But with no sense the garden does comply, None courts or flatters, as it does the eye; When the great Hebrew king did almost strain The wondrous treasures of his wealth and brain His royal southern guest to entertain, Though, she on silver floors did tread, With bright Assyrian carpets on them spread To hide the metal's poverty; Though she looked up to roofs of gold, And nought around her could behold But silk and rich embroidery, And Babylonian tapestry, And wealthy Hiram's princely dye: Though Ophir's starry stones met everywhere her eye; Though she herself and her gay host were dressed With all the shining glories of the East; When lavish art her costly work had done; The honour and the prize of bravery Was by the Garden from the Palace won; And every rose and lily there did stand Better attired by Nature's hand: The case thus judged against the king we see, By one that would not be so rich, though wiser far than he.
Nor does this happy place only dispense Such various pleasures to the sense: Here health itself does live, That salt of life, which does to all a relish give, Its standing pleasure, and intrinsic wealth, The body's virtue, and the soul's good fortune, health. The tree life, when it in Eden stood, Did its immortal head to heaven rear; It lasted a tall cedar till the flood; Now a small thorny shrub it does appear; Nor will it thrive too everywhere: It always here is freshest seen, 'Tis only here an evergreen. If through the strong and beauteous fence Of temperance and innocence, And wholesome labours and a quiet mind, Any diseases passage find, They must not think here to assail A land unarmed, or without a guard; They must fight for it, and dispute it hard, Before they can prevail. Scarce any plant is growing here Which against death some weapon does not bear, Let cities boast that they provide For life the ornaments of pride; But 'tis the country and the field That furnish it with staff and shield.
Where does the wisdom and the power divine In a more bright and sweet reflection shine? Where do we finer strokes and colours see Of the Creator's real poetry, Than when we with attention look Upon the third day's volume of the book? If we could open and intend our eye, We all like Moses should espy Even in a bush the radiant Deity. But we despise these his inferior ways Though no less full of miracle and praise; Upon the flowers of heaven we gaze, The stars of earth no wonder in us raise, Though these perhaps do more than they The life of mankind sway. Although no part of mighty Nature be More stored with beauty, power, and mystery, Yet to encourage human industry, God has so ordered that no other part Such space and such dominion leaves for art.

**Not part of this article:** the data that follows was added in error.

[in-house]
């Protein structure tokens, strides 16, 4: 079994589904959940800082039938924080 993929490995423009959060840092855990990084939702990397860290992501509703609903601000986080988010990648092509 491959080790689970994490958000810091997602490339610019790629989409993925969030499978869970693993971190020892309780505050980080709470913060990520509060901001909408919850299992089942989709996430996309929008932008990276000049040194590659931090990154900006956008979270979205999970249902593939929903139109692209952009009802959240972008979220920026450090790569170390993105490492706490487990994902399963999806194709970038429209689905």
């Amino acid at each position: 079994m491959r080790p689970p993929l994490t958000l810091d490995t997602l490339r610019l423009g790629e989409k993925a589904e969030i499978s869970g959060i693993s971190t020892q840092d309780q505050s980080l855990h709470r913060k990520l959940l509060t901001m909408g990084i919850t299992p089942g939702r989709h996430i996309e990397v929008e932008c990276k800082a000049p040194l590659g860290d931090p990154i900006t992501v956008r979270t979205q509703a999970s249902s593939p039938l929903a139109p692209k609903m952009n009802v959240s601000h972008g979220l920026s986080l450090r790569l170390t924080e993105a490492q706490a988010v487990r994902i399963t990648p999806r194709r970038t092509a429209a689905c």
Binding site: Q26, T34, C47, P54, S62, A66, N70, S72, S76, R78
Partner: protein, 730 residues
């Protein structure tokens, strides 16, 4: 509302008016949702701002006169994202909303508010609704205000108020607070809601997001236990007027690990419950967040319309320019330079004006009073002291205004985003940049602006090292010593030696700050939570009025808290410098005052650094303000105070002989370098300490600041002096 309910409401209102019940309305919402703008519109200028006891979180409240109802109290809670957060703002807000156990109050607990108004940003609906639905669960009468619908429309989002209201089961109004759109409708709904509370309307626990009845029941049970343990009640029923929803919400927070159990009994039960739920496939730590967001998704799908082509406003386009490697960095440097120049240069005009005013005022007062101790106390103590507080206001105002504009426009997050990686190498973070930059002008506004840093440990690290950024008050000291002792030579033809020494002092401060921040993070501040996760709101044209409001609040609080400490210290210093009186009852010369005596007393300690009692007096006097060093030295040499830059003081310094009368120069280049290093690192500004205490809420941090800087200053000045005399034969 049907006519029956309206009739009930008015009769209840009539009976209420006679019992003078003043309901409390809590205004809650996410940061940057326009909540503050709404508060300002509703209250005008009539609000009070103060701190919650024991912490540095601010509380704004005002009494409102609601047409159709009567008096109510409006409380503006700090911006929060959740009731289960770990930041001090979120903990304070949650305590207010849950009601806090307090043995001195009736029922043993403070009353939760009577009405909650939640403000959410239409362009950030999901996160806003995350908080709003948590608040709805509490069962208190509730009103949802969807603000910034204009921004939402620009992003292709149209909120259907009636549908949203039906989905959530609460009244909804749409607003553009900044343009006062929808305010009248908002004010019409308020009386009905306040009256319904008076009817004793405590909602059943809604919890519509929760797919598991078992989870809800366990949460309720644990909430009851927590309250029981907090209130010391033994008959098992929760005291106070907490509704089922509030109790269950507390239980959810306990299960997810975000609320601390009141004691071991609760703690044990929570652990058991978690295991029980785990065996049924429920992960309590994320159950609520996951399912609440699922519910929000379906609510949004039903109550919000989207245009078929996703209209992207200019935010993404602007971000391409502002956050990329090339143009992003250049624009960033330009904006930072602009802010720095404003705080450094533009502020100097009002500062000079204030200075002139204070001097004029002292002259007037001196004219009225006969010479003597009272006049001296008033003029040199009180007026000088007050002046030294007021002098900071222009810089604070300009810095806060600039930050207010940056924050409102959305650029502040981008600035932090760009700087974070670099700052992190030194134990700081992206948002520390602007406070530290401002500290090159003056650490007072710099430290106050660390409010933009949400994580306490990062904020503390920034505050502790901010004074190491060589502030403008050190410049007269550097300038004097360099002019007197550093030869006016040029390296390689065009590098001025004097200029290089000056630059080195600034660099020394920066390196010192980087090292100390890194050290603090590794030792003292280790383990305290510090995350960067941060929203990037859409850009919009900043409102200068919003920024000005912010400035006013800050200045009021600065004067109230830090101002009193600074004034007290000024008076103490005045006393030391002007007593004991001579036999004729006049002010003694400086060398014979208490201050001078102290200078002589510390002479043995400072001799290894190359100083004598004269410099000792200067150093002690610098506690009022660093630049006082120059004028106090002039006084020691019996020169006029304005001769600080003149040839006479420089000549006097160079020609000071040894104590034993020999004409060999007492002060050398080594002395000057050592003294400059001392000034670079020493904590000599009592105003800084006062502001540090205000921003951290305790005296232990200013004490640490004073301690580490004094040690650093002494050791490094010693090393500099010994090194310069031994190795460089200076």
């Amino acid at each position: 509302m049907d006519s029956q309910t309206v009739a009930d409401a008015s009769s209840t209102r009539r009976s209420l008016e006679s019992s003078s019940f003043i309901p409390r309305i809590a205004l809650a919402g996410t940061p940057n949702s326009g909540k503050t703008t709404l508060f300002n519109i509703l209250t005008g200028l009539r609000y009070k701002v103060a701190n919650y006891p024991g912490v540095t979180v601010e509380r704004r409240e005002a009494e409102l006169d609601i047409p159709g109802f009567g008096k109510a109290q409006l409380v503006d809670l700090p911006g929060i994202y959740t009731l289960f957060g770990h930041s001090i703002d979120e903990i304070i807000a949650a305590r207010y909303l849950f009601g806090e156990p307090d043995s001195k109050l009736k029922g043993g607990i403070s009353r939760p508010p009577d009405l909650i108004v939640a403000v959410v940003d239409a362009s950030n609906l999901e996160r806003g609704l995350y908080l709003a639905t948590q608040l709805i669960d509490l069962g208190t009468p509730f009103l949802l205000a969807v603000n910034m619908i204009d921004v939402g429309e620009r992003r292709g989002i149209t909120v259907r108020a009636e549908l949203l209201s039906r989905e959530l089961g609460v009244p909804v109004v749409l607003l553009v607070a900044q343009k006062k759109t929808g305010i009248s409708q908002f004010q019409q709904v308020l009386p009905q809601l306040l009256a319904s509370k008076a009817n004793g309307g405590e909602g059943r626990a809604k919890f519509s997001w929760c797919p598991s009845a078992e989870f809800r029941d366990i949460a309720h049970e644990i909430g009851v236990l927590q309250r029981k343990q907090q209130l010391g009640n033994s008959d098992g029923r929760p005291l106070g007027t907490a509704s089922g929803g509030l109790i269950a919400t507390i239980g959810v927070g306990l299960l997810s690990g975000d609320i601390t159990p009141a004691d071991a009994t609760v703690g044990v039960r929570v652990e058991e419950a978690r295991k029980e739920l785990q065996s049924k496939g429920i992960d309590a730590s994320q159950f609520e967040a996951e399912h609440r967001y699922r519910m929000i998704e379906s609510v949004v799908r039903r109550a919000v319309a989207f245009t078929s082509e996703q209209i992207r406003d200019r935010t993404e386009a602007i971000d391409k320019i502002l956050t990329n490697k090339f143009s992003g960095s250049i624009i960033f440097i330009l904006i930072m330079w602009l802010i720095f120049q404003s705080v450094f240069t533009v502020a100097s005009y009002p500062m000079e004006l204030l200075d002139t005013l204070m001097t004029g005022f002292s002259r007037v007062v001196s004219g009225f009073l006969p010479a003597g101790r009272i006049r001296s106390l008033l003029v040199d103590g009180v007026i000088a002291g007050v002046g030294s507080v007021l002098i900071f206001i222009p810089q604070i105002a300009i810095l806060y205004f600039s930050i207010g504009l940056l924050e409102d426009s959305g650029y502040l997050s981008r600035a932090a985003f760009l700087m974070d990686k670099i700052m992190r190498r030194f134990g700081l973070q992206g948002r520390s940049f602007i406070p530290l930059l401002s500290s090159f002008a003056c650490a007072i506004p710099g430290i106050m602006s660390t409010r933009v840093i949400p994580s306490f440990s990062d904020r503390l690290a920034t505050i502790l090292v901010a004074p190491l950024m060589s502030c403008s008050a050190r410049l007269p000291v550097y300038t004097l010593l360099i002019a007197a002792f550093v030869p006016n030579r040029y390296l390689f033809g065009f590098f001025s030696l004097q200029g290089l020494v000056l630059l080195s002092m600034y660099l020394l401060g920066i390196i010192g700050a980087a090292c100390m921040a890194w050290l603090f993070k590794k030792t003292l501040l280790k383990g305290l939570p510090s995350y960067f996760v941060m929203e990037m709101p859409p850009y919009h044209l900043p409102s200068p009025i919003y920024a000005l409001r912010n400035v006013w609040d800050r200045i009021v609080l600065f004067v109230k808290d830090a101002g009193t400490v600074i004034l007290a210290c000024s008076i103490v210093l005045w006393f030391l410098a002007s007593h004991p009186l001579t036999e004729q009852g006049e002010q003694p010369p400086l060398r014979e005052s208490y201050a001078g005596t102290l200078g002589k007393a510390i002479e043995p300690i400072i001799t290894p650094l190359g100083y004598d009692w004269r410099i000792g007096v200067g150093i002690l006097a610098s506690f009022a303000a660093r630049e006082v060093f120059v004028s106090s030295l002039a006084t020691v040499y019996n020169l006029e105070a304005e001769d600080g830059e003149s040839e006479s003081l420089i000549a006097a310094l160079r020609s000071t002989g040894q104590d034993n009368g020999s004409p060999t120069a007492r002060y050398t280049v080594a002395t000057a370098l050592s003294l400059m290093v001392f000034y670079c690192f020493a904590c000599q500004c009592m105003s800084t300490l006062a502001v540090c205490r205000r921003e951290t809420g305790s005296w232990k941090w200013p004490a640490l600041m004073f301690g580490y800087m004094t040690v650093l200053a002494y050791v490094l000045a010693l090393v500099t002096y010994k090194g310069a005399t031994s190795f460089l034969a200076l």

We nowhere art do so triumphant see, As when it grafts or buds the tree; In other things we count it to excel, If it a docile scholar can appear To Nature, and but imitate her well: It over-rules, and is her master here. It imitates her Maker's power divine, And changes her sometimes, and sometimes does refine: It does, like grace, the fallen-tree restore To its blest state of Paradise before: Who would not joy to see his conquering hand O'er all the vegetable world command, And the wild giants of the wood receive What laws he's pleased to give? He bids the ill-natured crab produce The gentler apple's winy juice, The golden fruit that worthy is, Of Galatea's purple kiss; He does the savage hawthorn teach To bear the medlar and the pear; He bids the rustic plum to rear A noble trunk, and be a peach. Even Daphne's coyness he does mock, And weds the cherry to her stock, Though she refused Apollo's suit, Even she, that chaste and virgin tree, Now wonders at herself to see That she's a mother made, and blushes in her fruit.